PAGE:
Ten Principles Of Good Interdisciplinary Teamwork

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This paper by Granovetter looks at the correlation between the level of network overlap and network strength. Namely, the paper looks to answer the following question: Is the degree of overlap of two individuals’ social networks correlated with the strength of their tie to one another? Furthermore, Granovetter provides a socioeconomic perspective on the implications of social tie strength- looking at tie strength and job acquisition. Granovetter interviewed a random sample of 54 individuals from an aggregate of 282 respondents to a mail-in questionnaire; the questionnaire provided social network characteristic data, whereas the interviews were used to investigate the behavior of social networks in the context of job acquisition. The study …show more content…
I will look at the network characteristics of the organization and investigate the relationship between network size and strength. I posit that good interdisciplinary teamwork is essential to the effectiveness of an organization. Ten Principles of Good Interdisciplinary Team Work makes use of literature review and participatory action research to determine the characteristics that define a good interdisciplinary team; 253 participants from 11 teams were studied. Ten characteristics of a good interdisciplinary team, as well as, challenges to interdisciplinary teamwork were identified. Examples of identified characteristics include: good communication, a good mix of skills, clear vision, and strong leadership and management. The findings of this paper are directly aligned with the goals of my research. That is, both the research by Nancarrow and co-authors and the research I am going to conduct focus on interdisciplinary teamwork. Furthermore, the characteristics identified by this study provide a theoretical groundwork that I can use to focus the questions in my survey- this allows me to ask questions based on …show more content…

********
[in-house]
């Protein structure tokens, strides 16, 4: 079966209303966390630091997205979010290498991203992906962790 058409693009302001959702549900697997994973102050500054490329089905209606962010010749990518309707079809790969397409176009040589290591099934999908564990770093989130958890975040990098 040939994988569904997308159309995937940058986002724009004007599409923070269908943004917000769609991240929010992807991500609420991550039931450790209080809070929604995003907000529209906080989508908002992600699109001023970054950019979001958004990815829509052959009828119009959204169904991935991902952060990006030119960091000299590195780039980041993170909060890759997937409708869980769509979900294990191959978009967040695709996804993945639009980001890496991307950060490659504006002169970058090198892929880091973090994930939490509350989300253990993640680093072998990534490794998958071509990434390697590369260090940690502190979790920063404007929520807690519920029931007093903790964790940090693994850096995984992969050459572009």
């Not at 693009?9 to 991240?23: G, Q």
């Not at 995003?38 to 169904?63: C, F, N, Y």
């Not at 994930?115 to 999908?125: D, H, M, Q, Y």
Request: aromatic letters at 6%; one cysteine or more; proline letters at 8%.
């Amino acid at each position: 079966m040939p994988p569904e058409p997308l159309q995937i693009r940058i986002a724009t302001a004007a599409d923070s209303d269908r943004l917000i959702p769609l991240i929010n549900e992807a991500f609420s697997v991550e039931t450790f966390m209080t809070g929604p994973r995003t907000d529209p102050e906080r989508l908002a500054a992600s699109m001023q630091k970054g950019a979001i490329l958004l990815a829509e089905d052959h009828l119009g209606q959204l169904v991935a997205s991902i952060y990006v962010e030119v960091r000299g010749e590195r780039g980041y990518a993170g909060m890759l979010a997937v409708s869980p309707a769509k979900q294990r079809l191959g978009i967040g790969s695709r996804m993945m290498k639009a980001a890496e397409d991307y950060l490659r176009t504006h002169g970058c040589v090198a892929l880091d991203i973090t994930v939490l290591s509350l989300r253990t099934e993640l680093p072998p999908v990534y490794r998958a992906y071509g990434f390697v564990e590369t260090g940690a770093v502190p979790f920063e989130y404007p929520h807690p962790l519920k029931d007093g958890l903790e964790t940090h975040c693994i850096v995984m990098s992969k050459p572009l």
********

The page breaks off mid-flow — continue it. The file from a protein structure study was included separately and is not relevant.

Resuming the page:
More specifically, Kadushin identifies anonymity and confidentiality as key ethical issues of social network research. Furthermore, the authour claims, “Organization network research can be especially vexing from an ethical standpoint because people’s jobs and futures may be directly at stake. An additional ethical concern in studying organizations is ‘preserving’ the image of the organization. Similarly to employees’ jobs being at risk, the image of the studied organization is also at risk. These ethical concerns directly apply to my research, since my research employs social network

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